It was supposed to be a simple day trip to Niagara Falls. Little did he know the visit might land him in prison for the next 100 years.
Ali Saboonchi was returning from the Canadian side of the falls with his wife in 2012 when he was detained by customs agents at the U.S. border. The agents eventually let the Maryland man go, but not before seizing his electronic devices: an iPhone, an Android phone and a USB flash drive.
At a special facility in Baltimore nearly 400 miles away, officers from Immigration and Customs Enforcement made a copy of the drives and performed what a judge later called an invasive forensic search using “specialized software.”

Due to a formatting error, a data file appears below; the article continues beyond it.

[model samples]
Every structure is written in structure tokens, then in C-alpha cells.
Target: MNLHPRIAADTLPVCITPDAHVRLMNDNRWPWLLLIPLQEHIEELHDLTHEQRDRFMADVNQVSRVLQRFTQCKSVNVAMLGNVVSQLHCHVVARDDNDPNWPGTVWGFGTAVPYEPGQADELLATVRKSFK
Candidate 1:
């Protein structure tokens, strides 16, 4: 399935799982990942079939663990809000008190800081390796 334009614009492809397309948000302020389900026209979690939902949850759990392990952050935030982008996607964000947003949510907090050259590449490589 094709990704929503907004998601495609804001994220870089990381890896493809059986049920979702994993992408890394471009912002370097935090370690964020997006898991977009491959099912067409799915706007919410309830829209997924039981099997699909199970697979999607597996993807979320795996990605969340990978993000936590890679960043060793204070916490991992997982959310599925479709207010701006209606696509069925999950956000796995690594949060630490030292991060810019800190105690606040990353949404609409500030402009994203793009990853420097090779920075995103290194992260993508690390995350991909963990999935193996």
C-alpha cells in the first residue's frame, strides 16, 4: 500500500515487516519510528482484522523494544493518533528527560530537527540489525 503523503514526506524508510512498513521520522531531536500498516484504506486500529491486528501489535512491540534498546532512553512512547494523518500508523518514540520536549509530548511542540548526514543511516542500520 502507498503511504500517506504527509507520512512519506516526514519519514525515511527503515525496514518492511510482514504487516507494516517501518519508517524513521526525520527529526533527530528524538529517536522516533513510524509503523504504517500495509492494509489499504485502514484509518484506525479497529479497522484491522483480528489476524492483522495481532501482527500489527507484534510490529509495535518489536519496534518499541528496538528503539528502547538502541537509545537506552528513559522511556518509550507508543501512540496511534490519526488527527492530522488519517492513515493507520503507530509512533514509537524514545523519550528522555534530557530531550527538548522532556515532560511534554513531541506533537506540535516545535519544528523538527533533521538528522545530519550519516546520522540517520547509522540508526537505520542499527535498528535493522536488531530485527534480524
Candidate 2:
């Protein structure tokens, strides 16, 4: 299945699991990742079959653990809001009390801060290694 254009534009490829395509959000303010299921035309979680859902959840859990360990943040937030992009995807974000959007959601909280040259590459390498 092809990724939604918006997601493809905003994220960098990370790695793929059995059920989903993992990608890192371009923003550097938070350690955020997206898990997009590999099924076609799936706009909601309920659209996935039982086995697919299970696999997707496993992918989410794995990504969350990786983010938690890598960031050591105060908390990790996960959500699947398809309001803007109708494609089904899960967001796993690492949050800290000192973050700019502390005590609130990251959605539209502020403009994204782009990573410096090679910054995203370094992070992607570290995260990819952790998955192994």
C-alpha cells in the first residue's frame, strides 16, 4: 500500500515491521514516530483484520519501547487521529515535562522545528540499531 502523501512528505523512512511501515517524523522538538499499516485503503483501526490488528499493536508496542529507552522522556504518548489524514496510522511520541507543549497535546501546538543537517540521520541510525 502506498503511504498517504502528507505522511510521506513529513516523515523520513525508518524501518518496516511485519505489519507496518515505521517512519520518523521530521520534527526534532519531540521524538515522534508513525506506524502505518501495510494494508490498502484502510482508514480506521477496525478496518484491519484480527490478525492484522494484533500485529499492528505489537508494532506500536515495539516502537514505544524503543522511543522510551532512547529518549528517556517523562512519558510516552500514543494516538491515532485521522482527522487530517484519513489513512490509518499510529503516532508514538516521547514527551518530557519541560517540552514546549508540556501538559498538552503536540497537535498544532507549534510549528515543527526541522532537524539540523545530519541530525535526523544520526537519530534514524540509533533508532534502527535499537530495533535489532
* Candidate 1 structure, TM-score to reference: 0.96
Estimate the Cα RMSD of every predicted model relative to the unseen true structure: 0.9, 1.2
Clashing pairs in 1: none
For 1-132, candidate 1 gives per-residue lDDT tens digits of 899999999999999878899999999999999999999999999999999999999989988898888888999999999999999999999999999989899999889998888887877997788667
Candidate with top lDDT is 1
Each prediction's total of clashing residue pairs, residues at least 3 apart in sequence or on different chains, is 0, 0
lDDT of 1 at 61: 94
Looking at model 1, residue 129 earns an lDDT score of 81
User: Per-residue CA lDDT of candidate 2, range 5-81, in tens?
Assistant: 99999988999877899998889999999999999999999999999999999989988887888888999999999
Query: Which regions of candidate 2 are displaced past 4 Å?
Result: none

In the devices’ storage was what U.S. officials say is evidence of a plot to violate U.S.-Iranian trade restrictions, according to federal court documents. Now Saboonchi, who was allegedly involved in the plot, faces four counts of illegal export and one count of conspiracy.
The case against Saboonchi, a U.S. citizen, opens a new chapter in the ongoing debate about digital privacy and law enforcement just weeks after a major Supreme Court ruling held that police must obtain a warrant before accessing a suspect’s cellphone. But it also draws attention to the nearly unlimited ability of border patrol agents to perform warrantless searches of Americans’ digital lives, based on little more than a hunch.